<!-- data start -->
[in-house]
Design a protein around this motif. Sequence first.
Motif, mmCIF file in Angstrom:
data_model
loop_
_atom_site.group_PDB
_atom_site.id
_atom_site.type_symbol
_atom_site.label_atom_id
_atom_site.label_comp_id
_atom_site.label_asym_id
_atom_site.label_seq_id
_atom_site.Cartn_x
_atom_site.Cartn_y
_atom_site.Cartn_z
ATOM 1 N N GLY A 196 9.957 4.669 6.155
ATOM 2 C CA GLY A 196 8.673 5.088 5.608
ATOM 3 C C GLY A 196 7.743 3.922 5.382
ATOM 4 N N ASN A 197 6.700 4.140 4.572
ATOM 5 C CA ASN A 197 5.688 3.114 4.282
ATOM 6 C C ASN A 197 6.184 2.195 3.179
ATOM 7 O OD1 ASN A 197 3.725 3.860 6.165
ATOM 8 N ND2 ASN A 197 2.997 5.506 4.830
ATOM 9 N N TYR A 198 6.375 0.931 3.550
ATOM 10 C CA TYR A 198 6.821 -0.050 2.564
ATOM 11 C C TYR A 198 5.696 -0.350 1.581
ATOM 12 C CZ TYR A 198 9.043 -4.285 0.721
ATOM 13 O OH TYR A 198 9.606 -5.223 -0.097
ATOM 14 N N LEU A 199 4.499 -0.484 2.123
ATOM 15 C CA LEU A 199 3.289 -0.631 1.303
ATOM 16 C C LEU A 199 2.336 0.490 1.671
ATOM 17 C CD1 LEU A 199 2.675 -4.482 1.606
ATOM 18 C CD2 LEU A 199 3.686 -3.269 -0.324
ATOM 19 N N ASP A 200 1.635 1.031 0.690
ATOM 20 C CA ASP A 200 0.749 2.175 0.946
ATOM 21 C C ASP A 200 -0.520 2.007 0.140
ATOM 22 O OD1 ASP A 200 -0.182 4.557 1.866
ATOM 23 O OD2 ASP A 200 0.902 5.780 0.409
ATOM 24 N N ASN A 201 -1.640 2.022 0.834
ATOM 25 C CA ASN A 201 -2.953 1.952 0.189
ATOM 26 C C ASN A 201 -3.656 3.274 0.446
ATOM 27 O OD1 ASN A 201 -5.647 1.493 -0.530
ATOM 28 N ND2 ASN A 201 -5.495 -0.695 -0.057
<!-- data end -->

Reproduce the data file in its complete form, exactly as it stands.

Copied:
[in-house]
Design a protein around this motif. Sequence first.
Motif, mmCIF file in Angstrom:
data_model
loop_
_atom_site.group_PDB
_atom_site.id
_atom_site.type_symbol
_atom_site.label_atom_id
_atom_site.label_comp_id
_atom_site.label_asym_id
_atom_site.label_seq_id
_atom_site.Cartn_x
_atom_site.Cartn_y
_atom_site.Cartn_z
ATOM 1 N N GLY A 196 9.957 4.669 6.155
ATOM 2 C CA GLY A 196 8.673 5.088 5.608
ATOM 3 C C GLY A 196 7.743 3.922 5.382
ATOM 4 N N ASN A 197 6.700 4.140 4.572
ATOM 5 C CA ASN A 197 5.688 3.114 4.282
ATOM 6 C C ASN A 197 6.184 2.195 3.179
ATOM 7 O OD1 ASN A 197 3.725 3.860 6.165
ATOM 8 N ND2 ASN A 197 2.997 5.506 4.830
ATOM 9 N N TYR A 198 6.375 0.931 3.550
ATOM 10 C CA TYR A 198 6.821 -0.050 2.564
ATOM 11 C C TYR A 198 5.696 -0.350 1.581
ATOM 12 C CZ TYR A 198 9.043 -4.285 0.721
ATOM 13 O OH TYR A 198 9.606 -5.223 -0.097
ATOM 14 N N LEU A 199 4.499 -0.484 2.123
ATOM 15 C CA LEU A 199 3.289 -0.631 1.303
ATOM 16 C C LEU A 199 2.336 0.490 1.671
ATOM 17 C CD1 LEU A 199 2.675 -4.482 1.606
ATOM 18 C CD2 LEU A 199 3.686 -3.269 -0.324
ATOM 19 N N ASP A 200 1.635 1.031 0.690
ATOM 20 C CA ASP A 200 0.749 2.175 0.946
ATOM 21 C C ASP A 200 -0.520 2.007 0.140
ATOM 22 O OD1 ASP A 200 -0.182 4.557 1.866
ATOM 23 O OD2 ASP A 200 0.902 5.780 0.409
ATOM 24 N N ASN A 201 -1.640 2.022 0.834
ATOM 25 C CA ASN A 201 -2.953 1.952 0.189
ATOM 26 C C ASN A 201 -3.656 3.274 0.446
ATOM 27 O OD1 ASN A 201 -5.647 1.493 -0.530
ATOM 28 N ND2 ASN A 201 -5.495 -0.695 -0.057